We make lots of assumptions in our calculations concerning life (and particularly intelligent life) on other worlds, and such assumptions may not be justified. One big one which comes to mind is that we assume advanced and intelligent means peaceful, and I don't think we have any evidence to support that, in fact, if our own world is any indicator, we should probably stay away from extraterrestrials as they would likely be warmongers, abusers, users, and destroyers. After all, it wasn't stupid people who invented warfare, bombs, guns, and other things to kill and maim with.



posted on Dec, 6 2011 @ 04:47 AM
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Originally posted by RumET
reply to post by HillbillyHippie1
 


Just a slight correction there, 16 months cannot be slightly less then a year. Unless we're talking Alien planet years. And it's interesting to see the development. I looked the star system up on these coordinates 19h 16m 52.2s +47° 53′ 4.2″ on wikisky and it seems there's at least a star there. I guess that's how our solar system with Sol looks like when viewed from afar.


I appreciate your input, unfortunately you must have misread, as I said, "slightly less than a year and a half," which would be correct.



posted on Dec, 6 2011 @ 05:12 AM
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reply to post by Cosmic4life
 


just because your not interested in finding out how common or rare earth-like planets are doesn't mean everyone else thinks the same.

human beings have looked up at the stars for thousands of years and speculated if there are other planets like ours. Now we are starting to find out, with real data and hard facts. I guess some people just don't have an interest in the wider cosmos, what our place is and if we are alone or not.
edit on 6-12-2011 by yeti101 because: (no reason given)



posted on Dec, 6 2011 @ 05:26 AM
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reply to post by Terrorist
 


I guess depending on your perspective, it could be "much" larger. But in the sense of astronomical bodies, 2.4x bigger than our little blue orb is still relatively tiny.

Here's a helpful chart I modified showing Kepler-22b in relation to Earth and the other planets of our star system.




posted on Dec, 6 2011 @ 05:38 AM
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There is no possible way to communicate with anyone there, if there is anyone there, with our current technology. Given that we have not been officially contacted by any intelligent ETs (face it, if they wanted to contact us, no governmental effort could stop them) I think it's safe to assume any nearby (within... 1,000 lightyears) species are no more advanced than us, or maybe barely so. If there was a space-faring race within 1,000 lightyears (and probably much further) of us, we would have knowledge of them.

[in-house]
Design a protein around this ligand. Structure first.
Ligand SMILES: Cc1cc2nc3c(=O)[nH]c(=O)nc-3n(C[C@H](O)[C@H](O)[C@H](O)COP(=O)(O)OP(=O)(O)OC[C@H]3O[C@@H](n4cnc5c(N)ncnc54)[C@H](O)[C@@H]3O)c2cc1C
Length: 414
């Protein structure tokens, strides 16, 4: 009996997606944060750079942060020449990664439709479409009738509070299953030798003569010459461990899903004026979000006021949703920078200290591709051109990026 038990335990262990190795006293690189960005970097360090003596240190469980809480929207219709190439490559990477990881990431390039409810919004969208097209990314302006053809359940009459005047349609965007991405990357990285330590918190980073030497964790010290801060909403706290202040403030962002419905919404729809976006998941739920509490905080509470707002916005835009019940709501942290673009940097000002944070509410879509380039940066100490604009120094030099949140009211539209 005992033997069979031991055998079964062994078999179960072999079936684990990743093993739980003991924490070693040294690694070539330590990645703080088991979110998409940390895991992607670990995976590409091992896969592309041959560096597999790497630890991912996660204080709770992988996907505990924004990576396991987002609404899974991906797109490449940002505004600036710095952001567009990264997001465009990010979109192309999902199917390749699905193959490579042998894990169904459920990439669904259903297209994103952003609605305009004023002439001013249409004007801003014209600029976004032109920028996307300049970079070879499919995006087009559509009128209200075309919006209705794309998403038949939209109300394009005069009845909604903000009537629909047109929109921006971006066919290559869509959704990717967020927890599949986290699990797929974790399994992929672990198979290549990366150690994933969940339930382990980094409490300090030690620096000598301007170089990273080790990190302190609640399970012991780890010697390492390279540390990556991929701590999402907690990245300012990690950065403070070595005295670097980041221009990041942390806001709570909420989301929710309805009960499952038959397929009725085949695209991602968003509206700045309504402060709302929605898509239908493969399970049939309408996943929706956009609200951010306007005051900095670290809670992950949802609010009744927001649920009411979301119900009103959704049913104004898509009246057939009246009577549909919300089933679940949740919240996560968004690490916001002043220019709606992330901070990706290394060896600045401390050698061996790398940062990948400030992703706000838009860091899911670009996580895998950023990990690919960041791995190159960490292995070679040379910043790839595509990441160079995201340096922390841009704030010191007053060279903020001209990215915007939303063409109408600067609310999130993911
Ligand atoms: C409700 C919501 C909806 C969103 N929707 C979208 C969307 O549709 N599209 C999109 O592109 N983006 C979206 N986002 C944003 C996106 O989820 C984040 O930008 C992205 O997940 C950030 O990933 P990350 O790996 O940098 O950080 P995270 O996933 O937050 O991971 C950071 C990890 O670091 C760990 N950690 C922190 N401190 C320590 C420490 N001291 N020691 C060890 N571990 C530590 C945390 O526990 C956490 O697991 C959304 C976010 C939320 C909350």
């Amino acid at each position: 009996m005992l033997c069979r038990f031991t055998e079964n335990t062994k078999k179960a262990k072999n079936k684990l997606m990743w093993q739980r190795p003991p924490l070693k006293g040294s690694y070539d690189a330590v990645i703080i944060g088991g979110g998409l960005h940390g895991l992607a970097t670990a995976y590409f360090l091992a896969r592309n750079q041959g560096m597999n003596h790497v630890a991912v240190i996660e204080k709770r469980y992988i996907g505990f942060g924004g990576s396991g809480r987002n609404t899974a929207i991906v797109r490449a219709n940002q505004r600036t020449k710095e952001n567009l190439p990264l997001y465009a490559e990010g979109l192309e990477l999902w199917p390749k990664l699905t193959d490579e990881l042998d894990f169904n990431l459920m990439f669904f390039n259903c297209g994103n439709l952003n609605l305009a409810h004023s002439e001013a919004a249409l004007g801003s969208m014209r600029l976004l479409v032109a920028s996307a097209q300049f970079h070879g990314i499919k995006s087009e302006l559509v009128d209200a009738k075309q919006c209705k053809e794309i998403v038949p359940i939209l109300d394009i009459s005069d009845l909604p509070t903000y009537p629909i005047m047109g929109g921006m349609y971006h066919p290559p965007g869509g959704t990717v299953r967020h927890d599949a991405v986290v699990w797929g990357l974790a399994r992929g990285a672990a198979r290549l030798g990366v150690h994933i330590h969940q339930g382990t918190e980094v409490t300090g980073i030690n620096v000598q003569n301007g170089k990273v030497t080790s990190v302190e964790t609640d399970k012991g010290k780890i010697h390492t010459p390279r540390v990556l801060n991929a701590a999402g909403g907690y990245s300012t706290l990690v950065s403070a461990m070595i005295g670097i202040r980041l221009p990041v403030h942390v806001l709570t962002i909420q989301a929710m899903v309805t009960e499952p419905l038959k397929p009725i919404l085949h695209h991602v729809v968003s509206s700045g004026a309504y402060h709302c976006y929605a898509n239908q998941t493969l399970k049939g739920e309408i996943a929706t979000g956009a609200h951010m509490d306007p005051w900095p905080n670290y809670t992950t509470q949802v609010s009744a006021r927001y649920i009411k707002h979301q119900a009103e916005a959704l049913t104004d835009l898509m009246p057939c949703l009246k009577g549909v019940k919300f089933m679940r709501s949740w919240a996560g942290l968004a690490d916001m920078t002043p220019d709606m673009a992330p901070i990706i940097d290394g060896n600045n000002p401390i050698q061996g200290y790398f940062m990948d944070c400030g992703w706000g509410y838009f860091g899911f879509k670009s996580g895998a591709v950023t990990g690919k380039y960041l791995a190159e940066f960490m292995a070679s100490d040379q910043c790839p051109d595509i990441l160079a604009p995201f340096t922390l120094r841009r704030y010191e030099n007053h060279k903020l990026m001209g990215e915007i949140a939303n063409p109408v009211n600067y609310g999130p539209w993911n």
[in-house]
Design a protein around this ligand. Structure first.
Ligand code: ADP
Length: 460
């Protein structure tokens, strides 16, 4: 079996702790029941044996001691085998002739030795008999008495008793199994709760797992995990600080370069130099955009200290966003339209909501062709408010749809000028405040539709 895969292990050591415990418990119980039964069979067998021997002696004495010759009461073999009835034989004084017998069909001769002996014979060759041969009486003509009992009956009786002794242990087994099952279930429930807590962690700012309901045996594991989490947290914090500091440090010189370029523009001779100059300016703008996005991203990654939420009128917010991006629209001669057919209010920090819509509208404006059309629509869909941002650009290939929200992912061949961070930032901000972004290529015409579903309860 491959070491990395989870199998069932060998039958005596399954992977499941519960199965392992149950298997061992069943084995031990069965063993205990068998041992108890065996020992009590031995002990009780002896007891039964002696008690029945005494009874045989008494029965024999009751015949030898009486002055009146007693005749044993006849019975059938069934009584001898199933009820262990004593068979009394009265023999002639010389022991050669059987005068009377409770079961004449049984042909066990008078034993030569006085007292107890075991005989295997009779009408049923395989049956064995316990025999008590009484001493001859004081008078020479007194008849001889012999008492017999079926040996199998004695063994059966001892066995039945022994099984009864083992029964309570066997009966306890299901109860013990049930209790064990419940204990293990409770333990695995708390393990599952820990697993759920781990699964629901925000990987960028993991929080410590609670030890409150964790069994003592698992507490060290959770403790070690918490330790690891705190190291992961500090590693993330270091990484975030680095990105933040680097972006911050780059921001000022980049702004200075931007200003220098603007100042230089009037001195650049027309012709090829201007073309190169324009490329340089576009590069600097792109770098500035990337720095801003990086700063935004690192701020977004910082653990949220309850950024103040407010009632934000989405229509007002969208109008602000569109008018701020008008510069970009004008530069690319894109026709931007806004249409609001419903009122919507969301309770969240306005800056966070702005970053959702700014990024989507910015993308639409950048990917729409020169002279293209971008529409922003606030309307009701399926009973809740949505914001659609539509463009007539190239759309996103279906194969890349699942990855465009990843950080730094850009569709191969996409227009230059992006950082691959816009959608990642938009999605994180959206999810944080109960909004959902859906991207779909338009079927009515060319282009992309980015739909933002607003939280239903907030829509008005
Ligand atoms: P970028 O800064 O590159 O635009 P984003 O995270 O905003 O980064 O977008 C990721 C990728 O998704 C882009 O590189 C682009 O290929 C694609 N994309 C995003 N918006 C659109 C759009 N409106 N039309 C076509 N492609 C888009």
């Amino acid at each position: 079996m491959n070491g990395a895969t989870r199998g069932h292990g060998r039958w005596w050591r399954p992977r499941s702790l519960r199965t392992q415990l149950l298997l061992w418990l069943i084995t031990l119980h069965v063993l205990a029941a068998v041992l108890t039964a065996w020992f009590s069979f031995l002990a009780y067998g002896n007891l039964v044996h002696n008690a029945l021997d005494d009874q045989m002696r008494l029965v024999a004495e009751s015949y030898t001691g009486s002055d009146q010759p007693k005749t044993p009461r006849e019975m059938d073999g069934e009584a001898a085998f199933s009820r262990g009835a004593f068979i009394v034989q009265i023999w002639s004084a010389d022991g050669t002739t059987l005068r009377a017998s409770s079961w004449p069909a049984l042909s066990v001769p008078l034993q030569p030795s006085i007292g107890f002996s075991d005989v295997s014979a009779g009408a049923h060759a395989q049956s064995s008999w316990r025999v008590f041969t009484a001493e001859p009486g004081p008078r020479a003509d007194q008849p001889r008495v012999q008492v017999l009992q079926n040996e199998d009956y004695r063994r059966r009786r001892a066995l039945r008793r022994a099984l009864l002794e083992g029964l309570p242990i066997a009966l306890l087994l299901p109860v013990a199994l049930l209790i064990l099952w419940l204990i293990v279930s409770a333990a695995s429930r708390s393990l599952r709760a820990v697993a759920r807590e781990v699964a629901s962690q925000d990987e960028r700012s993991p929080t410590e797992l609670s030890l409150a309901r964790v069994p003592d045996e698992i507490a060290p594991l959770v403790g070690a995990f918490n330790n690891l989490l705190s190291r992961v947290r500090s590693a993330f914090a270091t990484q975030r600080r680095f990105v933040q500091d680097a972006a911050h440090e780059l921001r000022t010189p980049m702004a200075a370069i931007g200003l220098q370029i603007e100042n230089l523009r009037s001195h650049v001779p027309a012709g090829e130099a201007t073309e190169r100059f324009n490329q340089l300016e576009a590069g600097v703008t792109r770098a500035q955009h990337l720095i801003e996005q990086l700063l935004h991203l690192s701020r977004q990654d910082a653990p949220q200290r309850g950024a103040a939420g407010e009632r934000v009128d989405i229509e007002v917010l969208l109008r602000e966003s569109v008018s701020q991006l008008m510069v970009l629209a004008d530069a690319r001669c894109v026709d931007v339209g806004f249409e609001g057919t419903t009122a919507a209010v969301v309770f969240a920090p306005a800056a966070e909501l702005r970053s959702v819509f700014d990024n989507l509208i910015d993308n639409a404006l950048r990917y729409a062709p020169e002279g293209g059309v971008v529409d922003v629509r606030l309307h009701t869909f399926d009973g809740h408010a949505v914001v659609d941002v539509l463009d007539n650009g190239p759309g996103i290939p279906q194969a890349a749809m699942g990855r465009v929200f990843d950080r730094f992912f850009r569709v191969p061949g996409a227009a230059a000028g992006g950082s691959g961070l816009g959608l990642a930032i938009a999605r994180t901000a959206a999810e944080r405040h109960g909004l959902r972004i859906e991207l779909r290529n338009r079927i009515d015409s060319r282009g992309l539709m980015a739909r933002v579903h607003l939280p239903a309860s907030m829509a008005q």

There are other theories to consider, too. Perhaps any advanced civilizations wiped themselves out before we even got a chance to meet. Or maybe we did meet, thousands of years ago (ancient astronaut theory) but they have moved on in the universe. Or wiped themselves out years later. So many possibilities, but none of them include interacting with any aliens in our lifetimes.

Edit: If possible, I would sign up to be put into a cryogenic state after my death and sent towards Kepler-22b on an unmanned craft. By the time I arrive, humans and/or the natives of the planet should already be a Class II or III civilization and would be able to intercept me or meet me at Kepler-22b and reanimate my body (if my craft made it there intact).
edit on 12/6/2011 by OrphenFire because: (no reason given)



posted on Dec, 6 2011 @ 07:26 AM
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Originally posted by weirdguy

Originally posted by TheOven
I think we should start shooting missiles at it now.

Just in case


I'm kind of with you on this one.

By the time we have the tech to get there,

Earth will be quite buggered

I believe once we do find a way to get there, we will colonize it

and if there are locals they will not stop us.

Thats how we humans roll, and always have


You do know how the U.S loves to spread democracy,..right?I think we should clean up our own world before even thinking of finding habitable planets and possible life elsewhere.
what an embarrassment it would be ...but I'll save that for another thread



posted on Dec, 6 2011 @ 07:49 AM
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Great! Science continually destroys its own stated position that UFOs are not anything real. Of course, you debunkers will not see a direct connection, so let me make it plain. If you lived in a fog-shrouded house, you could rightly say from your perspective that you had no neighbors because you didn't see any.

Along comes an increasingly strong wind called Science. The air begins to clear. You see more and more of the neighborhood, house after house appears. Some look amazingly like yours. They must be acknowleddged because you can no longer deny them.